I had rather a disappointing crop of onions this year, and I am trying to work through in my head why that is.
Firstly, planting of the onion sets was delayed because of the prolonged cold snap in the spring. I decided to sow them in module trays to get them started, planting them out a month later when things had warmed up. I don't think they ever really recovered from this.
Secondly, because of my crop rotation (see main column), the onions were sown in what I think is the most shaded part of the veg patch, which almost certainly didn't help.
And finally, I also had one row of them growing beside my rhubarb plants, the leaves of which were sort of crowding them out. Anyway, the upshot was that we ended up with far fewer onions than normal, and the ones we have are small. I can't imagine us having onions beyond Christmas.
Thankfully, however, the shallots more than made up for it – we got a wonderful crop of them – and so last weekend, I spent an afternoon getting them ready for winter storage.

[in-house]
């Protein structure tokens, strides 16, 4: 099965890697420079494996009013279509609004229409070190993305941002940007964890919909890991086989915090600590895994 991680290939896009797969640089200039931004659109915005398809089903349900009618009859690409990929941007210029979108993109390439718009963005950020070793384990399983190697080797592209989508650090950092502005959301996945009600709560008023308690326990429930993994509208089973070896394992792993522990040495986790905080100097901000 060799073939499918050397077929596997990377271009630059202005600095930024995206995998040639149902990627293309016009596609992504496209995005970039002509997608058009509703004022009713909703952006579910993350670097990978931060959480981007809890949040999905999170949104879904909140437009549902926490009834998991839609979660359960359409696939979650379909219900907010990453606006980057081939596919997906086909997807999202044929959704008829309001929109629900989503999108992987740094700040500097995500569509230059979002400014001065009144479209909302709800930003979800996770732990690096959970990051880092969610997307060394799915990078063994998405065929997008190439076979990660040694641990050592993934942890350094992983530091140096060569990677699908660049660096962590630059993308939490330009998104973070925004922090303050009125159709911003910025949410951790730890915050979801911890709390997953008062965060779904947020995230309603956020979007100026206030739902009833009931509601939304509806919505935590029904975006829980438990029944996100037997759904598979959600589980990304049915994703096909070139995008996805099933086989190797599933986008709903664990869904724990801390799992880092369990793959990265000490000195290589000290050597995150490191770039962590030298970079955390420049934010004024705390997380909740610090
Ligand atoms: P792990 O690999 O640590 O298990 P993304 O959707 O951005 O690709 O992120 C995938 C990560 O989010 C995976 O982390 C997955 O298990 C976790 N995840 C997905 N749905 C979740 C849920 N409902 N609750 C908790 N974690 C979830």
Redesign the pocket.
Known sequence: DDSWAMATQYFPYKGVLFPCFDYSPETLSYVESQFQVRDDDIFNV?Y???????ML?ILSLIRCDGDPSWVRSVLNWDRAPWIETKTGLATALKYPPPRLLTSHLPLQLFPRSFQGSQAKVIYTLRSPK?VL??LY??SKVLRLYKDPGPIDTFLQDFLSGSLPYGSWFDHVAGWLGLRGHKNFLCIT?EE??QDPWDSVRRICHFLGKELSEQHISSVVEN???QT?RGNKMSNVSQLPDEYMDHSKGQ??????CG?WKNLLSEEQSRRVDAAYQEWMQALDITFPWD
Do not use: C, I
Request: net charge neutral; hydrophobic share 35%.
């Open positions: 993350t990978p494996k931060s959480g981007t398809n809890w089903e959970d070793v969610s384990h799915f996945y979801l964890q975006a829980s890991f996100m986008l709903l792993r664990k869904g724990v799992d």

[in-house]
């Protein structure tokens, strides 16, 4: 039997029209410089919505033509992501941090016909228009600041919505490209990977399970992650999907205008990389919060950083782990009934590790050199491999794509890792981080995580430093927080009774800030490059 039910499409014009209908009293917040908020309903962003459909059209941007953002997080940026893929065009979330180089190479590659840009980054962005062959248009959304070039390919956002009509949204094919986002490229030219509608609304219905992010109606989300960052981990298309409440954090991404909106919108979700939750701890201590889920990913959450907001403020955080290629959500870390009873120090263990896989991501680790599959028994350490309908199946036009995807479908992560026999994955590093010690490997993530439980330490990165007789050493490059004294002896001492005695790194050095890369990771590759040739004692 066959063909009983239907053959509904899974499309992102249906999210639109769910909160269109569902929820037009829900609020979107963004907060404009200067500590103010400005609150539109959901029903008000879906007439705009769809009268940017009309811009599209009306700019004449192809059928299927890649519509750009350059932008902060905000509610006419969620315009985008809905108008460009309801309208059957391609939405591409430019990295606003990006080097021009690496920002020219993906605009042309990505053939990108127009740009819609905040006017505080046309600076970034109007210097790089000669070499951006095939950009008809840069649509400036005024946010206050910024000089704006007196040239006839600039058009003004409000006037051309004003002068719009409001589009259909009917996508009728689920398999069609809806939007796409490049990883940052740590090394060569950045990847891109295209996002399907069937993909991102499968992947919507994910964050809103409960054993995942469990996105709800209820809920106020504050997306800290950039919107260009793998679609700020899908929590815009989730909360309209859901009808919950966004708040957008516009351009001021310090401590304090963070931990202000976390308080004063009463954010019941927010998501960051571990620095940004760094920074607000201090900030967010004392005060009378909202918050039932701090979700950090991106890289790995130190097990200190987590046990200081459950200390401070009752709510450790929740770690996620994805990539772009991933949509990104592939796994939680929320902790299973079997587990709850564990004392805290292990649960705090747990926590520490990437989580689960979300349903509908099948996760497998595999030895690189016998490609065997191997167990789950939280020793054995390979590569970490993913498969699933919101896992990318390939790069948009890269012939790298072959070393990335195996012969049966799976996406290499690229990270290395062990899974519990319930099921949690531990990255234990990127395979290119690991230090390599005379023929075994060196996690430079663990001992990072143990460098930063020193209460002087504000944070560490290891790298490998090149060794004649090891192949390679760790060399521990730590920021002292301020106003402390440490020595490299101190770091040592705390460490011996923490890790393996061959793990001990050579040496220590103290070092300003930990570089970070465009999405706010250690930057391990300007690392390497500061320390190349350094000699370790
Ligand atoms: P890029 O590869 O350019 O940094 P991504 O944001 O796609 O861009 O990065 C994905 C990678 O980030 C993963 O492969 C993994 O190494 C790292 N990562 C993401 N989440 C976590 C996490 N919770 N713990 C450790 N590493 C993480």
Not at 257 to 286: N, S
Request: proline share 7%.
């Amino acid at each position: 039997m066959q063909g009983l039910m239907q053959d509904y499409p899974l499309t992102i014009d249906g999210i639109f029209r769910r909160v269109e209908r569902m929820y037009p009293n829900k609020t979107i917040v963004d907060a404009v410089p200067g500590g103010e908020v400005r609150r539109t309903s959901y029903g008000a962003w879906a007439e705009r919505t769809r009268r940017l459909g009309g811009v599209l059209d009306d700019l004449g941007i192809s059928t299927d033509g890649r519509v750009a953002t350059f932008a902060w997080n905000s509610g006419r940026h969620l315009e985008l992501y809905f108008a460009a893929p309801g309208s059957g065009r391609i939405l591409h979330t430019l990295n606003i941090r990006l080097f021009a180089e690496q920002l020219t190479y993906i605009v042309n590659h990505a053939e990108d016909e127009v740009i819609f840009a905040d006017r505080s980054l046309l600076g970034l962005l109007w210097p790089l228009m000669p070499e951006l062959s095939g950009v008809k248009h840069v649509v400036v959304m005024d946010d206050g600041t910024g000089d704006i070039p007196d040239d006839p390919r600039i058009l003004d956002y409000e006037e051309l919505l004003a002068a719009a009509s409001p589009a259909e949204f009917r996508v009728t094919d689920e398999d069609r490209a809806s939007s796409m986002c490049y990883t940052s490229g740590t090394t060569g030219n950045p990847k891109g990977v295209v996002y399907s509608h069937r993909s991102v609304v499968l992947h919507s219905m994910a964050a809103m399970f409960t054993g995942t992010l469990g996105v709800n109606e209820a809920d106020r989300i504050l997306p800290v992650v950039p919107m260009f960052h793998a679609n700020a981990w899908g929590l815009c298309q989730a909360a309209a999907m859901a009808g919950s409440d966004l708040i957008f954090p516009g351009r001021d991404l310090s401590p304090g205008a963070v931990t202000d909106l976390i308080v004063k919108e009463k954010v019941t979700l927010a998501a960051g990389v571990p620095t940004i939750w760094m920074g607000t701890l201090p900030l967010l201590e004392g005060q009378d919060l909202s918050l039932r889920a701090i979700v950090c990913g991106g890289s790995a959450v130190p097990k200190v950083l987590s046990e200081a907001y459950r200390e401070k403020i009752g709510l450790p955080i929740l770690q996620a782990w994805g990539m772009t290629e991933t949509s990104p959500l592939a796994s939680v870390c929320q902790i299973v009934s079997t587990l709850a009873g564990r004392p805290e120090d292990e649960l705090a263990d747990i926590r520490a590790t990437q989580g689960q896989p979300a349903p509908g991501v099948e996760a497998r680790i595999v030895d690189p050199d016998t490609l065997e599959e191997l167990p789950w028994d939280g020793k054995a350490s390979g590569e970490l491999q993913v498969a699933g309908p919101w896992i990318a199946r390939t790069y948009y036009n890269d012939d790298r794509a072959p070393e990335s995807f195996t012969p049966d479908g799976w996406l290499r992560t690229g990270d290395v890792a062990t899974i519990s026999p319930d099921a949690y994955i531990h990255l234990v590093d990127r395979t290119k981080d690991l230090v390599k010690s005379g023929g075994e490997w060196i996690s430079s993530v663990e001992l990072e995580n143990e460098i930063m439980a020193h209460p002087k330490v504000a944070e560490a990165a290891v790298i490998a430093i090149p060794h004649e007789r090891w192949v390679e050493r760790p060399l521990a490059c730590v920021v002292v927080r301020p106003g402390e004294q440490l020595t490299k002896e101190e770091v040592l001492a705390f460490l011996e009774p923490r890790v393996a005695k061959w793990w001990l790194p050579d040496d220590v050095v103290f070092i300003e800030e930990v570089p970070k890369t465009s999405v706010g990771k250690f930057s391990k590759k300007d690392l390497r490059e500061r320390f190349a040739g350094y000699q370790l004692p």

The shallots were lifted from the soil about six weeks ago and have been drying off on a bench in the potting shed since. It's important to get them really dry before storing – any moisture at all will encourage rotting later.
The next step is to get them clean – rubbing off a few outer layers of skin and dry soil. This is a great activity for an eager five-year-old girl and her dad. There's something incredibly satisfying about getting a shallot clean – from a rather grubby looking thing, a beautifully smooth, brown shallot emerges.
Next step is to get a bit of twine and tie it to make a loop – hang it from a nail at around head height and start adding the shallots, using the remaining stem on them to attach them to the twine. Search for 'onion braid' on YouTube and you will get the idea. The end product – a beautiful shallot braid – is hanging proudly (and usefully) in the kitchen.